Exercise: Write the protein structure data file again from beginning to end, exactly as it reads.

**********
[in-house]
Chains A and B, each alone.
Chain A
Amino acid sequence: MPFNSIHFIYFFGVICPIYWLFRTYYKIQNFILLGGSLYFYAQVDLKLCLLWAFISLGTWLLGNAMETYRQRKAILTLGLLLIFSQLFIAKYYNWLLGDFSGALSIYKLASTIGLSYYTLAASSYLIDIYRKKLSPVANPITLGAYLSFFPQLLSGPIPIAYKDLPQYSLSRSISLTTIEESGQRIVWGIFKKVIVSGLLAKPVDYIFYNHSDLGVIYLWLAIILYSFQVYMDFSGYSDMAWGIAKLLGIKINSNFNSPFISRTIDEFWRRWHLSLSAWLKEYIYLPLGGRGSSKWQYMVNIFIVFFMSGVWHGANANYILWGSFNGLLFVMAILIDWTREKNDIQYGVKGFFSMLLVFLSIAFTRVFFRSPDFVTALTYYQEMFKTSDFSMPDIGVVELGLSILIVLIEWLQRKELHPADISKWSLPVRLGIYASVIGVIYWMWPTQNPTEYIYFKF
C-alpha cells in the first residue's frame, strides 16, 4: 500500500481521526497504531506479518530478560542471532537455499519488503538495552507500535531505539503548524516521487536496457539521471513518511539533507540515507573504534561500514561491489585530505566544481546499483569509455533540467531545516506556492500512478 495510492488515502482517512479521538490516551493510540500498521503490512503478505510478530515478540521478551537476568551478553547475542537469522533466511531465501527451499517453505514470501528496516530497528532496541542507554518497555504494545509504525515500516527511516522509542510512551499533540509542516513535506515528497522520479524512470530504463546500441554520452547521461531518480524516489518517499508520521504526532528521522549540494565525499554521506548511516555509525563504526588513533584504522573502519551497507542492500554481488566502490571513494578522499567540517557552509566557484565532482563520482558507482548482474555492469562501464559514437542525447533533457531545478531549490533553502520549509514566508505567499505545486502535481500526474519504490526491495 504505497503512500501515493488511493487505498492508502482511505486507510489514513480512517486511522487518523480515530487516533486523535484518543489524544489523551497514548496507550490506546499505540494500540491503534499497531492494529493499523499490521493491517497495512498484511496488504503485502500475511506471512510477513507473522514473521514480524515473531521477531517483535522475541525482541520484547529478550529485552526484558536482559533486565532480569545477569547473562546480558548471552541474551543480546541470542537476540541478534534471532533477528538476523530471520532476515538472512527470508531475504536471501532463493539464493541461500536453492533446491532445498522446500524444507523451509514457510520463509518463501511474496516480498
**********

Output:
[in-house]
Chains A and B, each alone.
Chain A
Amino acid sequence: MPFNSIHFIYFFGVICPIYWLFRTYYKIQNFILLGGSLYFYAQVDLKLCLLWAFISLGTWLLGNAMETYRQRKAILTLGLLLIFSQLFIAKYYNWLLGDFSGALSIYKLASTIGLSYYTLAASSYLIDIYRKKLSPVANPITLGAYLSFFPQLLSGPIPIAYKDLPQYSLSRSISLTTIEESGQRIVWGIFKKVIVSGLLAKPVDYIFYNHSDLGVIYLWLAIILYSFQVYMDFSGYSDMAWGIAKLLGIKINSNFNSPFISRTIDEFWRRWHLSLSAWLKEYIYLPLGGRGSSKWQYMVNIFIVFFMSGVWHGANANYILWGSFNGLLFVMAILIDWTREKNDIQYGVKGFFSMLLVFLSIAFTRVFFRSPDFVTALTYYQEMFKTSDFSMPDIGVVELGLSILIVLIEWLQRKELHPADISKWSLPVRLGIYASVIGVIYWMWPTQNPTEYIYFKF
C-alpha cells in the first residue's frame, strides 16, 4: 500500500481521526497504531506479518530478560542471532537455499519488503538495552507500535531505539503548524516521487536496457539521471513518511539533507540515507573504534561500514561491489585530505566544481546499483569509455533540467531545516506556492500512478 495510492488515502482517512479521538490516551493510540500498521503490512503478505510478530515478540521478551537476568551478553547475542537469522533466511531465501527451499517453505514470501528496516530497528532496541542507554518497555504494545509504525515500516527511516522509542510512551499533540509542516513535506515528497522520479524512470530504463546500441554520452547521461531518480524516489518517499508520521504526532528521522549540494565525499554521506548511516555509525563504526588513533584504522573502519551497507542492500554481488566502490571513494578522499567540517557552509566557484565532482563520482558507482548482474555492469562501464559514437542525447533533457531545478531549490533553502520549509514566508505567499505545486502535481500526474519504490526491495 504505497503512500501515493488511493487505498492508502482511505486507510489514513480512517486511522487518523480515530487516533486523535484518543489524544489523551497514548496507550490506546499505540494500540491503534499497531492494529493499523499490521493491517497495512498484511496488504503485502500475511506471512510477513507473522514473521514480524515473531521477531517483535522475541525482541520484547529478550529485552526484558536482559533486565532480569545477569547473562546480558548471552541474551543480546541470542537476540541478534534471532533477528538476523530471520532476515538472512527470508531475504536471501532463493539464493541461500536453492533446491532445498522446500524444507523451509514457510520463509518463501511474496516480498